Tis I, Steven. I have returned.
And what does this return carry with it? Oh, not much. Another book read, more anime watched, and my journey into Agents of Shield just beginning. And of course editing.
I’m having a great time reading what myself and the co-author have written. Few corrections needed still, though I’m re-wording things a bit. Trying to make it less samey, if you understand. Using the same word paragraph after paragraph when trying to explain things isn’t helpful. And certainly is annoying to me.
There have been several books in the past that for whatever reason the author continued to use a certain phrase over and over. Now this can certainly work if it is a build on the previous use, but when it’s merely a lazy way of using words, or as if a thesaurus hasn’t been used, it sounds dull and boring. To me it sounds like the author didn’t go over their first draft with fresh eyes, and just accepted whatever they had written previously. Perhaps done to meet some deadline, yet it makes it seem lifeless. As if the writer didn’t care about what they were writing. Or so arrogant that they can’t imagine editing their golden words.
It’s not nearly as bad or noticeable when you just read it, but when read aloud it becomes readily apparent. Hence why I recommend reading your book aloud, to an audience if you have one. Or have a text to speech program read it back to you while you edit. All editing I’ve done for previous books have included this step, and I think they are better for it. Maybe they aren’t perfect still, but I know for sure they flow much better than they had from that first draft.
When writing the first draft don’t worry about it so much though. You’ll get bored if you have nothing to fix. Also your job in that first draft is to just to tell the story. Maybe you’ve done so with an outline, but don’t get too caught up in making it perfect first. You’ll be editing and reviewing. Or you should be. You can’t expect it to be perfect the first time around. You’ll try to make it so when you edit.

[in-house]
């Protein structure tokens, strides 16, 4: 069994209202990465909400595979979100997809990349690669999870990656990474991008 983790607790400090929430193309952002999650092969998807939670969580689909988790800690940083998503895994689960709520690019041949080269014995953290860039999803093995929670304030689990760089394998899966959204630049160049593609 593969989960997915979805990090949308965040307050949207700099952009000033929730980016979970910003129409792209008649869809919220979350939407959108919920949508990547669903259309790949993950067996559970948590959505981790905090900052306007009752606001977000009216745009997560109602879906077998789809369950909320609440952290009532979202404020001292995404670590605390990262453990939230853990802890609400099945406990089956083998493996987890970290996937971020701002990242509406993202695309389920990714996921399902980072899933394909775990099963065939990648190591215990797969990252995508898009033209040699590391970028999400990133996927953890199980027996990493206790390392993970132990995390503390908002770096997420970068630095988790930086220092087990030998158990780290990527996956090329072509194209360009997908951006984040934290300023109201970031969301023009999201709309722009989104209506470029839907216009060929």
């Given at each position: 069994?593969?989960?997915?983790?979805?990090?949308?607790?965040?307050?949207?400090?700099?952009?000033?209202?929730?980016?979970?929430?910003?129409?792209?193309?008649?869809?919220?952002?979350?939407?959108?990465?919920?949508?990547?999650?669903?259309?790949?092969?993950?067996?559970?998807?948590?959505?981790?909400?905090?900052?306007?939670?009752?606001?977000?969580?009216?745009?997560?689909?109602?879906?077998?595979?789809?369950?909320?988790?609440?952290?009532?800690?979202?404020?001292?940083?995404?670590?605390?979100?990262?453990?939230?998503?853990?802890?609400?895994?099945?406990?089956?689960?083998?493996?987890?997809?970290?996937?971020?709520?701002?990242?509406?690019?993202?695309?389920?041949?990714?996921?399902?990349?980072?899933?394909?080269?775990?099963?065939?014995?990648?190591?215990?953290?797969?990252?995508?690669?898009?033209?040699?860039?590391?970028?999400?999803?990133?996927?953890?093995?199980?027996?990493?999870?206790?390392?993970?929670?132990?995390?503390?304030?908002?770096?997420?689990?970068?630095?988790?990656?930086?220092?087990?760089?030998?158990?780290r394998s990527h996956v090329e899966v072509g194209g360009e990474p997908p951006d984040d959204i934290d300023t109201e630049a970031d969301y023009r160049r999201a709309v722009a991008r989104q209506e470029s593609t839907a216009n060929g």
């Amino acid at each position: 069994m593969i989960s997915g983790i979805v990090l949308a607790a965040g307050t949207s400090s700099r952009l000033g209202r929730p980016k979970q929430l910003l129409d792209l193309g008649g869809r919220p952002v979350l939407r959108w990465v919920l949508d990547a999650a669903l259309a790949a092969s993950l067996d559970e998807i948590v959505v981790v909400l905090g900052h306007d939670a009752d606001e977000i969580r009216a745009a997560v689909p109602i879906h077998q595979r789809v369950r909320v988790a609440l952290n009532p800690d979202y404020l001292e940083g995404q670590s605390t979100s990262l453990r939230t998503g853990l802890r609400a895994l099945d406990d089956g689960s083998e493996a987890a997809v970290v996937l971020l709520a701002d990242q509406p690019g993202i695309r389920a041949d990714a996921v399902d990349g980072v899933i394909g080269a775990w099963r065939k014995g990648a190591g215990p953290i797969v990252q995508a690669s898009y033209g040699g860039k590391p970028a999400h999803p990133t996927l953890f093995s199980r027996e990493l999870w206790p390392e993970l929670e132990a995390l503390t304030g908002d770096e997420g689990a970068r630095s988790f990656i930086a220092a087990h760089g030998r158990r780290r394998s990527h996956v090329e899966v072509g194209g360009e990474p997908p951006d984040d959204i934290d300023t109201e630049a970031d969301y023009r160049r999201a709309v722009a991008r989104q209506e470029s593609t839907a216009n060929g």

Another thing I recommend is reading. Whether it’s a good book or bad, they seem to help you understand what you like about your own style, or they show you another style you’d like to write in. All books can’t be gems, but even the bad ones can show you what to do or not to do. Hence why I think my current writing has improved, besides the whole repetition of writing itself.
Creating, or writing, is like a muscle. You must continue to exercise it, else-wise you’ll slip back to where you began. Never improving. Yet when you push and put effort into working, you’ll see improvement. It may be slight, but you’ll get better. And if you ever hope to build those giant muscles that allow you to easily sit before a keyboard and just be able to write beautiful prose after prose, you must exercise. Reading is a part of that. So work, and be better. Read, and be better. Learn and improve.
We all start out as novices, even if some of our creations are purposeful and lovely from the start. But time and effort will reward, and you will reap benefits that you can’t imagine.
With that I’ll leave you this week. I hope you find something you enjoy working on and creating. All I’ve said stands for any creative task. Work on it, and look at what others are doing. You’ll get better.
What I’ve published
Link to my author page on Amazon – http://www.amazon.com/Steven-Oaks/e/B00MEGSEZ6
Link to the Deathship book in the CreateSpace store – https://www.createspace.com/5023771
Or you can help me out on Patreon. Again, thank you. https://www.patreon.com/StevenOaks
Update: An estimated 23% into editing
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